For instead of the seedheads being high above their heads, forcing them to jump and flutter, the seeds are right at their level. The birds are 18 inches higher on the surface of that snow, and can simply hop from seed cluster to seed cluster. Beautiful! I loved that revelation, that thought that juncos actually like a deep snow. That it makes finding food easier for them. No wonder we call them snowbirds.

So busy, the tracks of their industry everywhere in the meadow. 

The bluebird box with its baffle was steaming in the sun as the hoarfrost burned off.  It looked eerily like a man with a derby on, breathing. I tried to capture the misty exhalation with two cameras and couldn't. But oh, it was cool. 

I like this shot, for the elements it shows--housing for birds and for us, a baffle to protect against snakes and raccoons; a Virginia pine left just because it was beautiful; my meandering path. At this point I'm tired. Slogging through knee-high snow is work!

Under the same pretty pine. Yes, red is the right color for that house. And I can pretend it's an old barn. Especially when I don't feel like cleaning. Har.

At this point, I'm sufficiently snowblind that I can barely tell what I'm shooting. Which makes for some interesting pictures.

The lacework and tracery of frost and grass and stem and shadow has me in its thrall. 

I turn the camera toward myself and the sun. I can't even see it, the sun is so bright. I'm all warmed up, and have been shedding clothes all the way out the path. No hat, no gloves needed when you're wading through deep snow. A mile walked this way is probably worth three on pavement, from a cardiac standpoint.

No Bacon chaser with me. He wouldn't be caught dead in 18" of snow.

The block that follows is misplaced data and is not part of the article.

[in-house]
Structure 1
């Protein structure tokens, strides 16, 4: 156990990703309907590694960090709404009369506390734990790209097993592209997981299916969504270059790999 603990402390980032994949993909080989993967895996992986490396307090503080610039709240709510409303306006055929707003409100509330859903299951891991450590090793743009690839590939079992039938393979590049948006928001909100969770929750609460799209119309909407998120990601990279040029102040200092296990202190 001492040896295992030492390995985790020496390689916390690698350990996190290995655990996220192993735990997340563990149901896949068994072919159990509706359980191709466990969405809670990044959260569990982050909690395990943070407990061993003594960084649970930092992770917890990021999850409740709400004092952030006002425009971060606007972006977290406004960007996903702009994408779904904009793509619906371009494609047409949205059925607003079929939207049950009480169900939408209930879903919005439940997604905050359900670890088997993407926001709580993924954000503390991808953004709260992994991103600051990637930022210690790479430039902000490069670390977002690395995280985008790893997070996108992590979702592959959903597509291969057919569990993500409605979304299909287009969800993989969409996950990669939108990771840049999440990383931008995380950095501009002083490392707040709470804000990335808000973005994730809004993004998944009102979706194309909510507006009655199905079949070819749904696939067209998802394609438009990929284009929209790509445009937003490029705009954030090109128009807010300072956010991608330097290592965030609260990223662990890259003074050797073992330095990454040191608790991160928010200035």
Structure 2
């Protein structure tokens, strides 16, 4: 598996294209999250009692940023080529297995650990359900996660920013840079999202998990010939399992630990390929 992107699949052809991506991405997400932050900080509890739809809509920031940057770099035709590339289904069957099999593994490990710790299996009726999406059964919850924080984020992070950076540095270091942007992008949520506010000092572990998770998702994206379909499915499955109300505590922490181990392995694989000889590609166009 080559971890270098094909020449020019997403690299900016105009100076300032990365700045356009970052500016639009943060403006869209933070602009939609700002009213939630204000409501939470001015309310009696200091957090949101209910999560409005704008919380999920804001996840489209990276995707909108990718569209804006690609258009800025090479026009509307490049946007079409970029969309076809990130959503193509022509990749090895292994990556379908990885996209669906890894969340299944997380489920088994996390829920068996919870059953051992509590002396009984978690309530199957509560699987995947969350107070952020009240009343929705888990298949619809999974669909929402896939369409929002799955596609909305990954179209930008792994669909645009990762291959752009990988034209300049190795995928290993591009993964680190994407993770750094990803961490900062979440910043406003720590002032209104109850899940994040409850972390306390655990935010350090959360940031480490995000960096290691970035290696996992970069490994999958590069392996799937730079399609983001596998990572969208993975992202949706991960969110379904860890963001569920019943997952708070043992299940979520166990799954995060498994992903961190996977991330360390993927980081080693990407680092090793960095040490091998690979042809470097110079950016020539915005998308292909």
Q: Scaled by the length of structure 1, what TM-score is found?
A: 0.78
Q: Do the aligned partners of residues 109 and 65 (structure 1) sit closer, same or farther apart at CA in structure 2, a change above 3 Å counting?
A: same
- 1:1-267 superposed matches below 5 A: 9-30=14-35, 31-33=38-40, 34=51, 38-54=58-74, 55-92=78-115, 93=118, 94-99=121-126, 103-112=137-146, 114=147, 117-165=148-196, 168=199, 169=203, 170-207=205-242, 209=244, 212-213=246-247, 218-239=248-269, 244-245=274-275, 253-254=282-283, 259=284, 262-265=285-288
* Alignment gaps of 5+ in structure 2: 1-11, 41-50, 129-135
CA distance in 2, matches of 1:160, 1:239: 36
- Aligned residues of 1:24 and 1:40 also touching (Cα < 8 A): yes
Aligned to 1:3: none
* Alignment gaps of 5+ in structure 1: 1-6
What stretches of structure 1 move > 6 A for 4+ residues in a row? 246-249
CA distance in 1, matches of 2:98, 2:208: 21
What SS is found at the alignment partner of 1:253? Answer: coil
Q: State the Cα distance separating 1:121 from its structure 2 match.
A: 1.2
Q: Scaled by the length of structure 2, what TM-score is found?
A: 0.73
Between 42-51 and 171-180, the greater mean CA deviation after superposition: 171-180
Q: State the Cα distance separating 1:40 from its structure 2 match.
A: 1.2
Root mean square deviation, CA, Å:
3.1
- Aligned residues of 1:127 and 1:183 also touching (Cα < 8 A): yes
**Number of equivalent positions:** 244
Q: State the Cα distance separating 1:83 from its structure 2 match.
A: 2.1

My photos get odder and odder. I can't see what I'm doing very well, but I'm fascinated by the light, and I keep facing into it, like a moth.

This could be another planet...

A junco's snowball, growing a crust of hoarfrost.

Probably time to head toward the house. And when I turn my back to the sun, the blue sky and shadows jump out at me. Oh my! what I've been missing!

And when I got home, Chet Baker, who does not gladly suffer deep snow, came out to run the rat maze I had shoveled him all over the yard. I made little alleys to his favorite spots--the compost pit, the spruces, the feeders, the greenhouse.  I made sure they all connected, and all led to the front door. He came out of the woods so proud of himself, and considerably lighter. It had been a day and a half. It was time.

O noble doggeh o' mine!


You made me smile again: "I can pretend it's an old barn. Especially when I don't feel like cleaning. Har." All of it, especially the "Har." But what is a "junco's snowball," please? Thanks for another good one.

Thanks for sharing your storm with us. Magical indeed. Our snow totals surpassed yours but the magic was the same.
Your cleaning has inspired a blog in me...must go write.

There's just something I love about the frozen skeletons of autumn flowers. Winter is so inspirational!

"Time is my favorite thing, the most precious resource." Amen. My thoughts exactly.

What memories this brings back to me. Growing up in Michigan, my sister and I spent many days playing in the snow under bare tree branches. Lots of birdie tracks everywhere. And that glistening snow. Special times. Thanks for sharing. Miss this here in Georgia.

Posted by Pat Kinser January 27, 2016 at 6:26 AM

Dazzling - all of it. Thanks for the walk in the sunny snow. A treat on the 'big screen' today before I shut down and spend the evening with just the phone. I'd never thought about juncos using the snow to forage but makes total sense. I love watching them and seeing their busy little tracks too.

Beautiful from beginning to end! And love the maze you've made for Chet.